15. The media system of claim 11, wherein the encrypted media content comprises a video program and the predetermined media content comprises targeted advertising associated with the video program.
16. The media system of claim 11, wherein the playback engine is responsive to the content insertion engine for interrupting the rendering of the encrypted media content to render additional predetermined media content to the user, said content insertion engine generating another token in response to the rendering of the additional predetermined media content, and wherein the playback enforcer is responsive to receiving the other token to permit the playback engine to resume rendering the encrypted media content.
17. The media system of claim 11, wherein the playback enforcer comprises a DRM system and wherein the token comprises a DRM license.
18. A method of enforcing rendering of predetermined media content in connection with rendering selected media content to a user, said method comprising:
receiving a request from the user to render selected media content of a first content file via a media player of a computing device;
rendering predetermined media content of a second content file to the user via the computing device in response to receiving the request to render the selected media content of the first content file, said rendering comprising disabling transport controls of the media player for an expected length of rendering time of said predetermined media content;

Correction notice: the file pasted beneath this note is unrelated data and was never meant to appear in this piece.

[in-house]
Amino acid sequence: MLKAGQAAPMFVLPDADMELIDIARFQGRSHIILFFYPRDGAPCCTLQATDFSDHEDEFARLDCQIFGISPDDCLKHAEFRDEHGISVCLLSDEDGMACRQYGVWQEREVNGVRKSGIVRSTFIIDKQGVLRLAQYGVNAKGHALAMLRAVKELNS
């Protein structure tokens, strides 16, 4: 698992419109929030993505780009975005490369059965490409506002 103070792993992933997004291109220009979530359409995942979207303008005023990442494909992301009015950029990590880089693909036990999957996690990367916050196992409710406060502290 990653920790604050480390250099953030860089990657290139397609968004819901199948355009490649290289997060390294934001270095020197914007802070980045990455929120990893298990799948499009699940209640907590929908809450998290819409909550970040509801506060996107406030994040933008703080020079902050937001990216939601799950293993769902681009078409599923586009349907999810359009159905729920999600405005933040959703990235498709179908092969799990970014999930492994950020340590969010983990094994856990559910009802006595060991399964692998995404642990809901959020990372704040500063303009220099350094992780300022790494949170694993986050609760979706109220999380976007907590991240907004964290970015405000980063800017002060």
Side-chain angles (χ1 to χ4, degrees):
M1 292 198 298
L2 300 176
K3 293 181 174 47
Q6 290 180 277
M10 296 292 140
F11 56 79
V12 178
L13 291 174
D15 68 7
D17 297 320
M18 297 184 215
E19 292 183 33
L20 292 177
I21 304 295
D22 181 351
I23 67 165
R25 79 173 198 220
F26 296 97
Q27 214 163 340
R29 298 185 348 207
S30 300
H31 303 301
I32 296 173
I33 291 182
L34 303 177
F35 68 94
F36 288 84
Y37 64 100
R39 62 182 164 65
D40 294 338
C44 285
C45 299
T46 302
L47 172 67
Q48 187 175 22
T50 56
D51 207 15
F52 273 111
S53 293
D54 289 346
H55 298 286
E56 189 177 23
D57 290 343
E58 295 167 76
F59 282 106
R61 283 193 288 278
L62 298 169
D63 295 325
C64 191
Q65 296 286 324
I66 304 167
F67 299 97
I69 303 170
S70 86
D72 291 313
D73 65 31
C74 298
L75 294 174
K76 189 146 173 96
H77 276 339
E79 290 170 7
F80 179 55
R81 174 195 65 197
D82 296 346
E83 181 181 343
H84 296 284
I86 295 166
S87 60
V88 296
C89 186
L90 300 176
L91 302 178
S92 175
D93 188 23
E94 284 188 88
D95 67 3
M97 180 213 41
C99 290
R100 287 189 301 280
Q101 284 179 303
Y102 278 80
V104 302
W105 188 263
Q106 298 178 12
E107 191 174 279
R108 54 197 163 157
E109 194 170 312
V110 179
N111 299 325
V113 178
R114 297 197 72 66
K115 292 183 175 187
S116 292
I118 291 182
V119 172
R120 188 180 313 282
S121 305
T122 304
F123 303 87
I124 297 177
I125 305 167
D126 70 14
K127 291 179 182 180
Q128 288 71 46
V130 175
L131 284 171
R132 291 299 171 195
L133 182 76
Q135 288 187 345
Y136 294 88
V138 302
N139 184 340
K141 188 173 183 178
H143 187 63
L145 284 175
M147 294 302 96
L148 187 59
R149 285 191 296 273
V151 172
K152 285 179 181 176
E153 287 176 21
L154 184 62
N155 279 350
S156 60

acquiring a DRM license associated with the selected media content only after the expected length of rendering time, said DRM license being generated by and acquired from a DRM license server in response to the predetermined media content having been rendered via the computing device, wherein the first content file and the second content file do not include said DRM license; and
executing the acquired DRM license to permit the selected media content to be rendered to the user via the computing device.
19. The method of claim 18, wherein the predetermined media content is associated with the selected media content and further comprising downloading the second content file to the computing device in response to receiving the request for the selected media content.
Conventional delivery of video programming involves distributing video content to users via terrestrial, cable, and satellite systems. With the advent of faster Internet connection speeds and greater bandwidth, increasing numbers of users are accessing video content online. Video on demand systems allow users to access video content over a global communications network, such as the Internet, and watch selected content on their computers, portable computing devices, and the like. Typical video on demand, or online video, services stream this video content to users over the network for viewing while the video is being transferred to their computing devices.
Much like conventional video delivery, advertising provides a major source of revenue for online video services. These online services often provide short streaming video clips with advertisements inserted at the beginning of the desired video content. Because a video stream is generated at the website's server, the online video service can exercise full control over the insertion of video ads into the stream. Moreover, the user cannot circumvent watching streaming video ads because their insertion is server-based.